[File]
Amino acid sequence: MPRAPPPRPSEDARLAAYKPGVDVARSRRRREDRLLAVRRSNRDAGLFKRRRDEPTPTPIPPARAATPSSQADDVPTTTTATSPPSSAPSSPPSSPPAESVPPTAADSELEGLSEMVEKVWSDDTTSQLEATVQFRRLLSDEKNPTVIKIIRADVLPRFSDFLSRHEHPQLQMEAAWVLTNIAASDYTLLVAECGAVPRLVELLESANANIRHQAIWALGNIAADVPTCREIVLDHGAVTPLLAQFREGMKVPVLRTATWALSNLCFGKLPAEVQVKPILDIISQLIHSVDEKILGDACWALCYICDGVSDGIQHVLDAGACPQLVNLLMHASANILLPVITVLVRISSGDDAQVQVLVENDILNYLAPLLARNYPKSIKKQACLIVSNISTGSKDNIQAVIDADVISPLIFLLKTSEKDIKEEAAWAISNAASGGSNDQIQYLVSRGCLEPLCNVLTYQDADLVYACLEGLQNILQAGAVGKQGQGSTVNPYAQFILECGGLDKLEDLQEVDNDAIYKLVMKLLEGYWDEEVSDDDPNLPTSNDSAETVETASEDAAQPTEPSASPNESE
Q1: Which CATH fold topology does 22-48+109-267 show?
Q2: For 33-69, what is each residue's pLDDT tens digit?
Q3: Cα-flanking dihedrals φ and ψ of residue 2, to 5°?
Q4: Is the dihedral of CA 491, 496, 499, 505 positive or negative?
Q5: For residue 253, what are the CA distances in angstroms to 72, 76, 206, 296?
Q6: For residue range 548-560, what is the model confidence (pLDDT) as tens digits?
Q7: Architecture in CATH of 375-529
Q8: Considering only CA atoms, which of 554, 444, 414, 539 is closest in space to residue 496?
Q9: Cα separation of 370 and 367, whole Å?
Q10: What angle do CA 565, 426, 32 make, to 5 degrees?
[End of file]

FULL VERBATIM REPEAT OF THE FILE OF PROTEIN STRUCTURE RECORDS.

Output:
Amino acid sequence: MPRAPPPRPSEDARLAAYKPGVDVARSRRRREDRLLAVRRSNRDAGLFKRRRDEPTPTPIPPARAATPSSQADDVPTTTTATSPPSSAPSSPPSSPPAESVPPTAADSELEGLSEMVEKVWSDDTTSQLEATVQFRRLLSDEKNPTVIKIIRADVLPRFSDFLSRHEHPQLQMEAAWVLTNIAASDYTLLVAECGAVPRLVELLESANANIRHQAIWALGNIAADVPTCREIVLDHGAVTPLLAQFREGMKVPVLRTATWALSNLCFGKLPAEVQVKPILDIISQLIHSVDEKILGDACWALCYICDGVSDGIQHVLDAGACPQLVNLLMHASANILLPVITVLVRISSGDDAQVQVLVENDILNYLAPLLARNYPKSIKKQACLIVSNISTGSKDNIQAVIDADVISPLIFLLKTSEKDIKEEAAWAISNAASGGSNDQIQYLVSRGCLEPLCNVLTYQDADLVYACLEGLQNILQAGAVGKQGQGSTVNPYAQFILECGGLDKLEDLQEVDNDAIYKLVMKLLEGYWDEEVSDDDPNLPTSNDSAETVETASEDAAQPTEPSASPNESE
Q1: Which CATH fold topology does 22-48+109-267 show?
Q2: For 33-69, what is each residue's pLDDT tens digit?
Q3: Cα-flanking dihedrals φ and ψ of residue 2, to 5°?
Q4: Is the dihedral of CA 491, 496, 499, 505 positive or negative?
Q5: For residue 253, what are the CA distances in angstroms to 72, 76, 206, 296?
Q6: For residue range 548-560, what is the model confidence (pLDDT) as tens digits?
Q7: Architecture in CATH of 375-529
Q8: Considering only CA atoms, which of 554, 444, 414, 539 is closest in space to residue 496?
Q9: Cα separation of 370 and 367, whole Å?
Q10: What angle do CA 565, 426, 32 make, to 5 degrees?